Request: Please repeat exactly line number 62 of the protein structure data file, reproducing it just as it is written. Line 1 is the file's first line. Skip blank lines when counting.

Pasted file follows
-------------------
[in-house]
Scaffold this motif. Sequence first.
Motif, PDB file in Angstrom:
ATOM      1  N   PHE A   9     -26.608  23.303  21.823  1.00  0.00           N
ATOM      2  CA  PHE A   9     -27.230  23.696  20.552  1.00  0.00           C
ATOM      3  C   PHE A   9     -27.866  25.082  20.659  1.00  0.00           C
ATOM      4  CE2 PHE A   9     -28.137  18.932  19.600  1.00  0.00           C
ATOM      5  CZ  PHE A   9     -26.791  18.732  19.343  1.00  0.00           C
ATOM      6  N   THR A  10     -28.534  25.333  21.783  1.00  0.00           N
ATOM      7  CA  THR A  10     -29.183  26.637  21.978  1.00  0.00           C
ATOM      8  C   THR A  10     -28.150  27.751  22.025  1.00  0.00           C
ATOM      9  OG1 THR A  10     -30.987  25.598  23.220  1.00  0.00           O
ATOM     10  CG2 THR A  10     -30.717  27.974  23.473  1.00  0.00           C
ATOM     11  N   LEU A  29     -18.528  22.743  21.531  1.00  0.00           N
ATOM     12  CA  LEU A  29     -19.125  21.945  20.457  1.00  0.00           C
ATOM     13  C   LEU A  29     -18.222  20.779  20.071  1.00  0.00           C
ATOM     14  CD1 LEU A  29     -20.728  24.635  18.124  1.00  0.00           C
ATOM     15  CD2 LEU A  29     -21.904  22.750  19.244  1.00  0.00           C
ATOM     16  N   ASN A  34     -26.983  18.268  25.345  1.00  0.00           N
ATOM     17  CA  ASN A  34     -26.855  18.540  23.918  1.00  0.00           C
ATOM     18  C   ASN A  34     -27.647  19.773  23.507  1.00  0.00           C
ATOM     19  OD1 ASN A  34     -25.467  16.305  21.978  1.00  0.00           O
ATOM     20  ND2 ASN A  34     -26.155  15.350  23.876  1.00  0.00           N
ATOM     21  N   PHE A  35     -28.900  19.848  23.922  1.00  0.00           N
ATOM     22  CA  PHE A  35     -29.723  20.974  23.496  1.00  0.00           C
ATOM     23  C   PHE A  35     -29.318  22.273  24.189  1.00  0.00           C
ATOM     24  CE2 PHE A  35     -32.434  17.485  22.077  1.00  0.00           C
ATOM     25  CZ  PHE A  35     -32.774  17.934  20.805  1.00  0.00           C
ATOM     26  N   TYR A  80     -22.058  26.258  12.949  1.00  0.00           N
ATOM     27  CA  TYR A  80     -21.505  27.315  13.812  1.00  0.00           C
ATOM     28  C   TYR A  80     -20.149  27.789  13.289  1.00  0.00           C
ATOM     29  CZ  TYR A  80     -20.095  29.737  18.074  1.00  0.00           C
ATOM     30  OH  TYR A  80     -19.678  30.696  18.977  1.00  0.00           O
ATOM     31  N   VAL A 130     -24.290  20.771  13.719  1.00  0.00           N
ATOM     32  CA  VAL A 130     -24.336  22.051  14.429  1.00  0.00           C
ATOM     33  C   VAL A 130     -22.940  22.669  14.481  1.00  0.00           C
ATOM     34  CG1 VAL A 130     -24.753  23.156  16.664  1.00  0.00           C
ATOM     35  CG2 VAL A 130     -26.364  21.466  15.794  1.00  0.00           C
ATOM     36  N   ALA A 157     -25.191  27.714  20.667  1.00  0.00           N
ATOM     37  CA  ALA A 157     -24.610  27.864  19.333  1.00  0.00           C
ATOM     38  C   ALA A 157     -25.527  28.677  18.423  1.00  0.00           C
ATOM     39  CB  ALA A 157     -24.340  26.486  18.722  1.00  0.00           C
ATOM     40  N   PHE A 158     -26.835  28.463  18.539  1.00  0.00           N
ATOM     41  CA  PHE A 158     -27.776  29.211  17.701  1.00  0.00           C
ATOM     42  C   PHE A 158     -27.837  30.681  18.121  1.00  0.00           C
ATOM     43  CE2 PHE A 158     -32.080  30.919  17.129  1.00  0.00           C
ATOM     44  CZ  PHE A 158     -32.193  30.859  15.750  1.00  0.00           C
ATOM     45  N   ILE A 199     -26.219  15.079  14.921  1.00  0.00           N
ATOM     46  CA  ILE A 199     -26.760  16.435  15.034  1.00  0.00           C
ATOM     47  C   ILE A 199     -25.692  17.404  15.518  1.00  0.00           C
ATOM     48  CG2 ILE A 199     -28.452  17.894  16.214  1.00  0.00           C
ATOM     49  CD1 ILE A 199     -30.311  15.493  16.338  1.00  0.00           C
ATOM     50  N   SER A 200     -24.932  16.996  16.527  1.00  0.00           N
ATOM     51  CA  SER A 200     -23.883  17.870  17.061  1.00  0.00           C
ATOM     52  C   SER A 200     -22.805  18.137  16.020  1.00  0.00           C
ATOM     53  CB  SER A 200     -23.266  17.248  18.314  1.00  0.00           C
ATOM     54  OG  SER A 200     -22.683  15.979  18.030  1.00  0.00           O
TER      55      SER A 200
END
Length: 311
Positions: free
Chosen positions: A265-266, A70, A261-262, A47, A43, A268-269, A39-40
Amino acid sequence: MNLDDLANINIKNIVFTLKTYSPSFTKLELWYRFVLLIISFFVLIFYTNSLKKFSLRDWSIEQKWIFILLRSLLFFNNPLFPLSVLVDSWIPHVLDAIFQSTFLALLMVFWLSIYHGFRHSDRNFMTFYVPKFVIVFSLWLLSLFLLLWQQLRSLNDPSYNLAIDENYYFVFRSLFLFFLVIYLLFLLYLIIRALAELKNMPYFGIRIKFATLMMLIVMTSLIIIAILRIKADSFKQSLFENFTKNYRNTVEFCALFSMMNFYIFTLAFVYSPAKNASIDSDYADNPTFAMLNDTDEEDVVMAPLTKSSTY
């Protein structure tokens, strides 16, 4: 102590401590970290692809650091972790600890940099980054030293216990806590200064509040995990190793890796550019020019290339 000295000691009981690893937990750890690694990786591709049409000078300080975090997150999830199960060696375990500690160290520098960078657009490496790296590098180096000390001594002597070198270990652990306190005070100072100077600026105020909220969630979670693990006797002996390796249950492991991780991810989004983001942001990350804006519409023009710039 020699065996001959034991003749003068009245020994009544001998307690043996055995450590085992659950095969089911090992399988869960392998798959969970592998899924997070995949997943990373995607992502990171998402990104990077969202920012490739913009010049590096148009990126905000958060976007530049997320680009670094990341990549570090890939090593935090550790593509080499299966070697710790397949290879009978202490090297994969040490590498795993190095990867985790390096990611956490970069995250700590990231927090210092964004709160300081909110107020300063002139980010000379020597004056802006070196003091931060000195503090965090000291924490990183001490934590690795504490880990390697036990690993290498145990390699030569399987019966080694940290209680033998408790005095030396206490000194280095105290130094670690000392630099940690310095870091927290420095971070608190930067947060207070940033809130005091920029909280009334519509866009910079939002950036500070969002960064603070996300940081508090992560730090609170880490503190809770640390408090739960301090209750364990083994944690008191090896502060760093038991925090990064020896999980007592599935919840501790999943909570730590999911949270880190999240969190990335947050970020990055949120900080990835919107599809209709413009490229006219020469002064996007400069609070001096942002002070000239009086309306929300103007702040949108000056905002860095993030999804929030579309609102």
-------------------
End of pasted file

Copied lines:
Chosen positions: A265-266, A70, A261-262, A47, A43, A268-269, A39-40